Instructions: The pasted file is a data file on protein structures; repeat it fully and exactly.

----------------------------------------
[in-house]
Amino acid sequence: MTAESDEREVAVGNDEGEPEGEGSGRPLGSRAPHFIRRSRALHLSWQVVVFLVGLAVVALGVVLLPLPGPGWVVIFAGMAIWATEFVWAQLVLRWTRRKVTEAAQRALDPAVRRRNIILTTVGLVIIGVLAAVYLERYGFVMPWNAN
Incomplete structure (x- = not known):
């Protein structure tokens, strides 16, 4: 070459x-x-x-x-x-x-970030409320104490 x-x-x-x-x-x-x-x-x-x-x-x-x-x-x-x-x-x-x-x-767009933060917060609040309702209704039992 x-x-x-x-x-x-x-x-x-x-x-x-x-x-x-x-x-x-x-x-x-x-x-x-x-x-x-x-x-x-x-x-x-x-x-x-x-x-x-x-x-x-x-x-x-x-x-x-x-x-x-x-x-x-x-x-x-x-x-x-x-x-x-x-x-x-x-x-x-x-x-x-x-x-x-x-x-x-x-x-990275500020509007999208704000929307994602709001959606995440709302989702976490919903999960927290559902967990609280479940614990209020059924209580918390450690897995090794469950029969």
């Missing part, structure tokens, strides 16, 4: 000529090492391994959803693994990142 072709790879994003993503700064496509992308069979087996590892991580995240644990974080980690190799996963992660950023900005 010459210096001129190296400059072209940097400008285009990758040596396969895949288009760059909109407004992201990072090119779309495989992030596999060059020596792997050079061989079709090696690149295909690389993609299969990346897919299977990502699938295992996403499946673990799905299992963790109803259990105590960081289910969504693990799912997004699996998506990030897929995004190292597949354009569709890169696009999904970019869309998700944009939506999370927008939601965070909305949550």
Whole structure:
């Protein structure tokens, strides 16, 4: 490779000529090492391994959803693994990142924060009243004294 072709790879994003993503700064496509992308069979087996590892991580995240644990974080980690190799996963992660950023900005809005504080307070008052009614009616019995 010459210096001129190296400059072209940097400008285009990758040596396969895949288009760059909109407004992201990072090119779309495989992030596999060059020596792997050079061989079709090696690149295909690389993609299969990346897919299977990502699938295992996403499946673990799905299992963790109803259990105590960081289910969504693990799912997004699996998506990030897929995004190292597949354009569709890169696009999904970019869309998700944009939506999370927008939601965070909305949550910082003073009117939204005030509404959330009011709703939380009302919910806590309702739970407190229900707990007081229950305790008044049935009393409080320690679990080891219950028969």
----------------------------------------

[in-house]
Amino acid sequence: MTAESDEREVAVGNDEGEPEGEGSGRPLGSRAPHFIRRSRALHLSWQVVVFLVGLAVVALGVVLLPLPGPGWVVIFAGMAIWATEFVWAQLVLRWTRRKVTEAAQRALDPAVRRRNIILTTVGLVIIGVLAAVYLERYGFVMPWNAN
Incomplete structure (x- = not known):
């Protein structure tokens, strides 16, 4: 070459x-x-x-x-x-x-970030409320104490 x-x-x-x-x-x-x-x-x-x-x-x-x-x-x-x-x-x-x-x-767009933060917060609040309702209704039992 x-x-x-x-x-x-x-x-x-x-x-x-x-x-x-x-x-x-x-x-x-x-x-x-x-x-x-x-x-x-x-x-x-x-x-x-x-x-x-x-x-x-x-x-x-x-x-x-x-x-x-x-x-x-x-x-x-x-x-x-x-x-x-x-x-x-x-x-x-x-x-x-x-x-x-x-x-x-x-x-990275500020509007999208704000929307994602709001959606995440709302989702976490919903999960927290559902967990609280479940614990209020059924209580918390450690897995090794469950029969």
């Missing part, structure tokens, strides 16, 4: 000529090492391994959803693994990142 072709790879994003993503700064496509992308069979087996590892991580995240644990974080980690190799996963992660950023900005 010459210096001129190296400059072209940097400008285009990758040596396969895949288009760059909109407004992201990072090119779309495989992030596999060059020596792997050079061989079709090696690149295909690389993609299969990346897919299977990502699938295992996403499946673990799905299992963790109803259990105590960081289910969504693990799912997004699996998506990030897929995004190292597949354009569709890169696009999904970019869309998700944009939506999370927008939601965070909305949550």
Whole structure:
């Protein structure tokens, strides 16, 4: 490779000529090492391994959803693994990142924060009243004294 072709790879994003993503700064496509992308069979087996590892991580995240644990974080980690190799996963992660950023900005809005504080307070008052009614009616019995 010459210096001129190296400059072209940097400008285009990758040596396969895949288009760059909109407004992201990072090119779309495989992030596999060059020596792997050079061989079709090696690149295909690389993609299969990346897919299977990502699938295992996403499946673990799905299992963790109803259990105590960081289910969504693990799912997004699996998506990030897929995004190292597949354009569709890169696009999904970019869309998700944009939506999370927008939601965070909305949550910082003073009117939204005030509404959330009011709703939380009302919910806590309702739970407190229900707990007081229950305790008044049935009393409080320690679990080891219950028969």